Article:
People who’ve always put their money in blue-chip stocks, bonds, and money-market accounts commonly think of real estate as being an inherently risky investment. While real estate can be risky, you can certainly limit that risk by educating yourself. My experience shows that certain types of investments in real estate can be inherently safer than others, particularly where there is uncertainty in the future of the market, whether it will go up or down.
After all, real estate is a survival game – anyone can make money in rising markets, but those who survive the down markets retire wealthy. Always invest in “safe” deals—and you’ll survive long term in this business. Remember, there is no 100-percent “safe” deal, but being thoughtful, conservative, and defensive will increase your odds of long-term success in real estate investing whether markets are up or down.
Too many novice investors try to time the market and ride the waves of market appreciation. Certainly buying and selling at the perfect time (when the market peaks, for example) is the easiest and most lucrative way to invest in real estate. It’s also the riskiest because few people have enough foresight to figure out where the top and bottom of the market are.
Instead of trying to guess the bottom and top of a market, stick to particular deals that make sense. In any market, you can find particular bargains in solid neighborhoods that make sense. Buying houses at great bargains is easy when the market is soft and sellers are flexible. Even if you’re in a hot market, you can still find homeowners who want to sell below market for reasons other than money, including the stress of a divorce, a death in the family, a job transfer, or other life changes. At times like these, people can be highly motivated to sell their houses quickly. If you’re in a flat or falling market, you can either invest elsewhere or stay in your farm area and buy extremely cheap. Even if you seek emerging markets around the country, you can still end up with a bad deal that won’t make you money.
In short, each deal must stand on its own. The late Will Rogers said, “Buy when others are selling and sell when people are buying.” This may work for stocks because you can get in and out of a deal in a short time. However, in real estate, you can’t expect to time the market in terms of days. Unless you’re in a market where bidding wars occur and prices go up in a matter of days, plan your strategies in terms of months and possibly years.
Stick to reasonably-priced, single-family homes in good neighborhoods that you can buy at a discount because they need a little work. Keep the base of your investment portfolio in basic, cookie-cutter homes that are in the median price range of your city or below. These homes are easy to rent, easy to sell, easy to fix and easy to finance. Once you’ve mastered this, you can move on to the more exotic properties, such as multi-family, commercial or resort condos.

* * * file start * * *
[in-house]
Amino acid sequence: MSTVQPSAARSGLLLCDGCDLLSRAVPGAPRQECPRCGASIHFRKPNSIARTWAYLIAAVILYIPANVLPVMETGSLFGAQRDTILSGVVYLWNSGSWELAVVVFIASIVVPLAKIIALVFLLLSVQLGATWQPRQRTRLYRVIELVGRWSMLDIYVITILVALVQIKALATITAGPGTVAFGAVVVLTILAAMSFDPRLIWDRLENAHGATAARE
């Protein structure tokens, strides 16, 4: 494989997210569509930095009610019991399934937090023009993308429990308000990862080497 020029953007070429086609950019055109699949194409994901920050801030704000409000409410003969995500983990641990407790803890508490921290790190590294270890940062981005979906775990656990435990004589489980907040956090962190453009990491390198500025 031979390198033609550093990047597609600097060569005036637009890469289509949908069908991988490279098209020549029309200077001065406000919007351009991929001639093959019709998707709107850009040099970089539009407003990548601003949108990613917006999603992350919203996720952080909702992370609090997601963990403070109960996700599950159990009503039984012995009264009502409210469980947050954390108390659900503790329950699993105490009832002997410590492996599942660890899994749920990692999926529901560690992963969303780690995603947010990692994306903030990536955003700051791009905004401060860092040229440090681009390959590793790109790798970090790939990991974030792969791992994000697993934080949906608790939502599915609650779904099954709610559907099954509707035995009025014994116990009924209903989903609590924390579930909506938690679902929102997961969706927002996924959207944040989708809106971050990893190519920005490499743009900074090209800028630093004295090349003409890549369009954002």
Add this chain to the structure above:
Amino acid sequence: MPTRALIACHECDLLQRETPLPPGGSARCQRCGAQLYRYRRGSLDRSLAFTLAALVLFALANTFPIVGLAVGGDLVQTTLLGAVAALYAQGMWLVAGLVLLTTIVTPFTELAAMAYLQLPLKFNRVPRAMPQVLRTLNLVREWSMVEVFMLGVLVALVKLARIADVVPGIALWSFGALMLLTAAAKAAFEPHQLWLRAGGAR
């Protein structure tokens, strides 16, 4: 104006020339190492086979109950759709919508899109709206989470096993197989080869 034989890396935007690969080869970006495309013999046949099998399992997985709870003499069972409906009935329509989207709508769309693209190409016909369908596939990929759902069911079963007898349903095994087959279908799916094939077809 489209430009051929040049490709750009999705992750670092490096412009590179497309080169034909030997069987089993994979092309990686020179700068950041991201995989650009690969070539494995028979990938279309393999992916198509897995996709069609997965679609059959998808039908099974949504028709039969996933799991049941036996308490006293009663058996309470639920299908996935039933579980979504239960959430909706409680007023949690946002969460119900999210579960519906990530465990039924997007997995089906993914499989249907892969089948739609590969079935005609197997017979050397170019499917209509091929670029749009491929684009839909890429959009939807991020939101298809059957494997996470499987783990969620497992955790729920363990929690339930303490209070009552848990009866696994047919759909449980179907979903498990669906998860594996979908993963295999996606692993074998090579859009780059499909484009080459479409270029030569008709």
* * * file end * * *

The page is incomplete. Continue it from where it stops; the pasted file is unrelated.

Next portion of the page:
Certainly, when prices are rising, a new condo by the beach or a 10-percent appreciation on a million-dollar house seems like a good way to make a fast buck. Nevertheless, being a prudent investor often means going with the lowest risk investment on a consistent basis, not shooting for the moon. Ask any good football coach the key to consistently winning and it’s not the “hail Mary” pass. It’s making first down over and over by moving the ball down the field a few yards at a time.
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Attorney William ("Bill") Bronchick, host of Legalwiz.com, has authored six best-selling books and is sought nationwide for his 25+ years of real estate and legal knowledge. He has been interviewed by numerous media outlets, such as CNBC, TIME Magazine, USA Today, Investor Business Daily, Forbes, and the LA Times, to name a few. William Bronchick is the co-founder and past President of the Colorado Association of Real Estate Investors and the Executive Director and founder of the College of American Real Estate Investors. Click on the "About" link above for more information on William Bronchick. Frank Pulley is an experienced real estate investor and foreclosure specialist. He is the director of William Bronchick's Coaching and Mentoring Programs. For more info, contact [email protected]